Starbucks, luxury designer Louis Vuitton and other brands want nothing more to do with the late King of Pop.
Earlier this month, HBO aired the documentary Leaving Neverland, which focuses on two men accusing Michael Jackson of past child sexual abuse, going into detail about allegations they made in lawsuits that have since been dismissed. The project has stirred controversy, drawn mixed reactions and has been denounced by the singer’s family. Since its release, several companies have taken steps to distance themselves from Jackson, the most famous pop star of all time.
Starbucks“@Starbucks Why are you still playing Michael Jackson in your stores?” a fan asked the coffee shop chain on Twitter on Wednesday, March 13.
“Thank you for making us aware,” the brand replied in a tweet. “We can confirm there are currently no Michael Jackson songs on official Starbucks Spotify Playlists. Would you mind sharing the store location so we can follow-up?”
Starbucks isn’t the only company that has stopped playing Jackson’s music.
Radio Stations: Several radio stations in Canada and New Zealand, have banned Jackson’s songs from their playlists in the wake of the allegations made in the documentary.
However, streams of Jackson’s music have remained steady.
Louis Vuitton: The fashion brand has also distanced itself from Jackson in wake of the allegations. In a statement to WWD, the company said that the documentary has caused the fashion house “the greatest pain,” adding that the company was “unaware” of it at the time of the fall 2019 menswear fashion show, which took place week before Leaving Neverland premiered at the Sundance Film Festival in January. The collection drew inspiration from Jackson’s pop culture legacy.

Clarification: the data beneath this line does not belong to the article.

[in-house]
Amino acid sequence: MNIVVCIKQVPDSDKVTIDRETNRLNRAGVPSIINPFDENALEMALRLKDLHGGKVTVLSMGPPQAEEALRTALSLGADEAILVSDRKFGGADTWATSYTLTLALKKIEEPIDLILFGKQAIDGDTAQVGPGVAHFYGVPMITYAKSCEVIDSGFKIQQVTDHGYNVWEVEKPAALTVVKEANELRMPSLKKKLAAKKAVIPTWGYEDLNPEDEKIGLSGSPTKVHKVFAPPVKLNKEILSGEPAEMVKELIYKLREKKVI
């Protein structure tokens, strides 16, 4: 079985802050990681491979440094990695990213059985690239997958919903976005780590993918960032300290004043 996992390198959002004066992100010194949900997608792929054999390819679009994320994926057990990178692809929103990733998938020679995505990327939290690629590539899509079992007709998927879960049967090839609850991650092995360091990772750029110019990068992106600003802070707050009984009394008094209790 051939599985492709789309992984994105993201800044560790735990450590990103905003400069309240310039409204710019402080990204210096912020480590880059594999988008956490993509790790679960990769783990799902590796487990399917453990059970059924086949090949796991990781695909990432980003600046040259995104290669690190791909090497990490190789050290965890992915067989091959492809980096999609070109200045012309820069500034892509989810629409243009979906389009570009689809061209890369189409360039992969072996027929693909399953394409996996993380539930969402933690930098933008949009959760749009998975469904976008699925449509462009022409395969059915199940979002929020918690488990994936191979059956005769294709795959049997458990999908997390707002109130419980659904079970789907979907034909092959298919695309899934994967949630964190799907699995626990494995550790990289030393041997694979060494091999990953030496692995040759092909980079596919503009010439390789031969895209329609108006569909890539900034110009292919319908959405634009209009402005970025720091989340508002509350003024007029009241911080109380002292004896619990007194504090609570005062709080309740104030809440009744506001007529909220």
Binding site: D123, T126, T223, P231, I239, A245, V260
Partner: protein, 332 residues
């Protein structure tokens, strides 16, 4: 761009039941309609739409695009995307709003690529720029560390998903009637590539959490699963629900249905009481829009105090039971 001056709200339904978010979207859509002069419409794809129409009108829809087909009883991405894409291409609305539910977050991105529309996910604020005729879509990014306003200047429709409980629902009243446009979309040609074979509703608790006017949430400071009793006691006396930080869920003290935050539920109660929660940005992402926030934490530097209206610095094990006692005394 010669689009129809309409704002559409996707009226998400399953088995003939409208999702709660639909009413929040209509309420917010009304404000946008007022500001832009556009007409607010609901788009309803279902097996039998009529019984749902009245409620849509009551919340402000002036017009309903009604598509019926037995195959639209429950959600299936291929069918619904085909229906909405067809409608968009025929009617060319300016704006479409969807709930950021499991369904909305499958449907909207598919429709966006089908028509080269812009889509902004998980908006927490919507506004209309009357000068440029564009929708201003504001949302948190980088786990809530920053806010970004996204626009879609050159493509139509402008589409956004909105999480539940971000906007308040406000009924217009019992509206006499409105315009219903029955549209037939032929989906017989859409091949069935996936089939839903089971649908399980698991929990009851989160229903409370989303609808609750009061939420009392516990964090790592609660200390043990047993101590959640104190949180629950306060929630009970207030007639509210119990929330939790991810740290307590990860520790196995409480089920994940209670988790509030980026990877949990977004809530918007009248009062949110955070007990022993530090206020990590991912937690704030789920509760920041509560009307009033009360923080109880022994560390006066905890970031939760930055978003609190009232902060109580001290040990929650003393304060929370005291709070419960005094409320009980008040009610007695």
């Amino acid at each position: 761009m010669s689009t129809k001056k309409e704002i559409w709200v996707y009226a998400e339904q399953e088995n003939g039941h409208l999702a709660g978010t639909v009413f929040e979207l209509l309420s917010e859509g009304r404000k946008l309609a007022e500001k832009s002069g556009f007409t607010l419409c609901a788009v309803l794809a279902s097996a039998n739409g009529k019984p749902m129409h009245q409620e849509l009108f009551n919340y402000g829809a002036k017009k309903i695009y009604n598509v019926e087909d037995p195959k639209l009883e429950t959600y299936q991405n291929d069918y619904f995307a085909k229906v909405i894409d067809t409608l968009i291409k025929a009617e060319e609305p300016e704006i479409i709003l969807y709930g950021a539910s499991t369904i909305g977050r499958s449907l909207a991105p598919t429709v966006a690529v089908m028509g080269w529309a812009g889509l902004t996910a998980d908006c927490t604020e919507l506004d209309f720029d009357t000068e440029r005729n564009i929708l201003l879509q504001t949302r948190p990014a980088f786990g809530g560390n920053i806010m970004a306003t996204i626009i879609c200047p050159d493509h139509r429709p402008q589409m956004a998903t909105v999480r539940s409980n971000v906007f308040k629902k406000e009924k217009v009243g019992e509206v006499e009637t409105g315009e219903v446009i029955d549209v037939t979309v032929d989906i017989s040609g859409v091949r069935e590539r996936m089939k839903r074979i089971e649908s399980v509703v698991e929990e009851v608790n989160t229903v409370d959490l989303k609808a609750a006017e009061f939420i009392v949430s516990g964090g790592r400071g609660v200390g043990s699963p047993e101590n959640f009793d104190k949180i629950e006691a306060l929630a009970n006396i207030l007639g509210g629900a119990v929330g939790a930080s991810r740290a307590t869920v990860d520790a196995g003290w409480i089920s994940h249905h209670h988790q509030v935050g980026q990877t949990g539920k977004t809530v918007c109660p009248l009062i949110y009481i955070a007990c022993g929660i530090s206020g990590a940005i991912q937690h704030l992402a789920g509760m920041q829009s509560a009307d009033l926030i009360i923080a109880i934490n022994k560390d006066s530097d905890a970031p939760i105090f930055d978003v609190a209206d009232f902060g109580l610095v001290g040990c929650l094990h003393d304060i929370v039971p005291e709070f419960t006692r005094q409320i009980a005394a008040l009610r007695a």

“We find the allegations in the documentary deeply troubling and disturbing,” Michael Burke, Louis Vuitton’s chairman and chief executive officer, said in a statement to WWD. “Child safety and welfare is of utmost importance to Louis Vuitton. We are fully committed to advocating this cause.”
The Simpsons: Following the release of Leaving Neverland, the producers of The Simpsons pulled an iconic 1991 episode featuring Jackson’s voice from all official online streams and TV feeds.
The Los Angeles Lakers: ESPN’s Lakers correspondent Dave McMenamin tweeted on March 9 that since Leaving Neverland aired, the team’s “Air Band Cam” has featured Chuck Berry‘s “Johnny B. Goode” and Nirvana‘s “Smells Like Teen Spirit” instead of a song it used for a while—Jackson’s “Beat It.”
Drake During his 2018 U.S. tour, the rapper performed his track “Don’t Matter to Me,” which features vocals Jackson recorded in 1983. Drake began a new tour in Europe a week after Leaving Neverland aired and amid growing controversy about it. His set lists have not included the song.
National Football Museum: The facility, located in Manchester, England, removed a statue of Jackson amid the resurfaced allegations against him. The art piece was taken off display as part of “ongoing plans” to “better represent” football’s stories, according to the BBC.